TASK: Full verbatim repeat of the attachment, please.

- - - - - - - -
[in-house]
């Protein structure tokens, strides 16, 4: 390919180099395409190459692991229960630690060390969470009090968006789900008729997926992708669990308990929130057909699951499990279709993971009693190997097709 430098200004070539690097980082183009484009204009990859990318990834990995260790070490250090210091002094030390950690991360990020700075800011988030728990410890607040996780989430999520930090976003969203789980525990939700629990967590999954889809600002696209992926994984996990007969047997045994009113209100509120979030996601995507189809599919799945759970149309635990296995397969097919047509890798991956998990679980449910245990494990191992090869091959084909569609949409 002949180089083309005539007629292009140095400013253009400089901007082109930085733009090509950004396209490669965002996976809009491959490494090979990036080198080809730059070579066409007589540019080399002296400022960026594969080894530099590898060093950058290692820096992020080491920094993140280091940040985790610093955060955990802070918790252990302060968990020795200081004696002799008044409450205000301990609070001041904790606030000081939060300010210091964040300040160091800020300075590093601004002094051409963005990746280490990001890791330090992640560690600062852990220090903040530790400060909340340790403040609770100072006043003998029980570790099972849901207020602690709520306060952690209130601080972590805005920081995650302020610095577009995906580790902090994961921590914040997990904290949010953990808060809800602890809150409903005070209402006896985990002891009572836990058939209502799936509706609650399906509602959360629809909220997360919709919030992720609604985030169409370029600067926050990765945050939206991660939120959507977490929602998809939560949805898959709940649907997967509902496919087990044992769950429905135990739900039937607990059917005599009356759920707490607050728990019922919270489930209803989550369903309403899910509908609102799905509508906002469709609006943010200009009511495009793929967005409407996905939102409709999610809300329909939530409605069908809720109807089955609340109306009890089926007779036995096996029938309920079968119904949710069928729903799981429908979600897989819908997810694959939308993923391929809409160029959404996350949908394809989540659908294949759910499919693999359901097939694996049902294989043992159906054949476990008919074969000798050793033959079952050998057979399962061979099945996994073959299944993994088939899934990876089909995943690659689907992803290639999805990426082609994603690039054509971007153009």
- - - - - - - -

[in-house]
């Protein structure tokens, strides 16, 4: 390919180099395409190459692991229960630690060390969470009090968006789900008729997926992708669990308990929130057909699951499990279709993971009693190997097709 430098200004070539690097980082183009484009204009990859990318990834990995260790070490250090210091002094030390950690991360990020700075800011988030728990410890607040996780989430999520930090976003969203789980525990939700629990967590999954889809600002696209992926994984996990007969047997045994009113209100509120979030996601995507189809599919799945759970149309635990296995397969097919047509890798991956998990679980449910245990494990191992090869091959084909569609949409 002949180089083309005539007629292009140095400013253009400089901007082109930085733009090509950004396209490669965002996976809009491959490494090979990036080198080809730059070579066409007589540019080399002296400022960026594969080894530099590898060093950058290692820096992020080491920094993140280091940040985790610093955060955990802070918790252990302060968990020795200081004696002799008044409450205000301990609070001041904790606030000081939060300010210091964040300040160091800020300075590093601004002094051409963005990746280490990001890791330090992640560690600062852990220090903040530790400060909340340790403040609770100072006043003998029980570790099972849901207020602690709520306060952690209130601080972590805005920081995650302020610095577009995906580790902090994961921590914040997990904290949010953990808060809800602890809150409903005070209402006896985990002891009572836990058939209502799936509706609650399906509602959360629809909220997360919709919030992720609604985030169409370029600067926050990765945050939206991660939120959507977490929602998809939560949805898959709940649907997967509902496919087990044992769950429905135990739900039937607990059917005599009356759920707490607050728990019922919270489930209803989550369903309403899910509908609102799905509508906002469709609006943010200009009511495009793929967005409407996905939102409709999610809300329909939530409605069908809720109807089955609340109306009890089926007779036995096996029938309920079968119904949710069928729903799981429908979600897989819908997810694959939308993923391929809409160029959404996350949908394809989540659908294949759910499919693999359901097939694996049902294989043992159906054949476990008919074969000798050793033959079952050998057979399962061979099945996994073959299944993994088939899934990876089909995943690659689907992803290639999805990426082609994603690039054509971007153009």